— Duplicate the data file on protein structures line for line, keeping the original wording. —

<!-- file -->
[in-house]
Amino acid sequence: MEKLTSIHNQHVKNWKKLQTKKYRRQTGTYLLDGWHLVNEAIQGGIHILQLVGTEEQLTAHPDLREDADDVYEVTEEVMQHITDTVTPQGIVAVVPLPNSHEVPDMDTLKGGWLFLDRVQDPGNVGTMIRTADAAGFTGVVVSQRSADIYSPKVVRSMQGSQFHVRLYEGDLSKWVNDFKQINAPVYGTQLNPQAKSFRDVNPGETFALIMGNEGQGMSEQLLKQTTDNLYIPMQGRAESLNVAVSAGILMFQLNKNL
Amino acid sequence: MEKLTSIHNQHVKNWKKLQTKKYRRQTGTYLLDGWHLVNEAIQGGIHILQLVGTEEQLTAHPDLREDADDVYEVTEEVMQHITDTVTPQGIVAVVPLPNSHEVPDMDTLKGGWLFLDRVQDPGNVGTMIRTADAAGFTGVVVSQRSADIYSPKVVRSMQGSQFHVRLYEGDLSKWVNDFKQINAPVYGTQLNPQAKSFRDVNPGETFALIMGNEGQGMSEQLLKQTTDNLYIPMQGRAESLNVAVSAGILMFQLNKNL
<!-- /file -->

[in-house]
Amino acid sequence: MEKLTSIHNQHVKNWKKLQTKKYRRQTGTYLLDGWHLVNEAIQGGIHILQLVGTEEQLTAHPDLREDADDVYEVTEEVMQHITDTVTPQGIVAVVPLPNSHEVPDMDTLKGGWLFLDRVQDPGNVGTMIRTADAAGFTGVVVSQRSADIYSPKVVRSMQGSQFHVRLYEGDLSKWVNDFKQINAPVYGTQLNPQAKSFRDVNPGETFALIMGNEGQGMSEQLLKQTTDNLYIPMQGRAESLNVAVSAGILMFQLNKNL
Amino acid sequence: MEKLTSIHNQHVKNWKKLQTKKYRRQTGTYLLDGWHLVNEAIQGGIHILQLVGTEEQLTAHPDLREDADDVYEVTEEVMQHITDTVTPQGIVAVVPLPNSHEVPDMDTLKGGWLFLDRVQDPGNVGTMIRTADAAGFTGVVVSQRSADIYSPKVVRSMQGSQFHVRLYEGDLSKWVNDFKQINAPVYGTQLNPQAKSFRDVNPGETFALIMGNEGQGMSEQLLKQTTDNLYIPMQGRAESLNVAVSAGILMFQLNKNL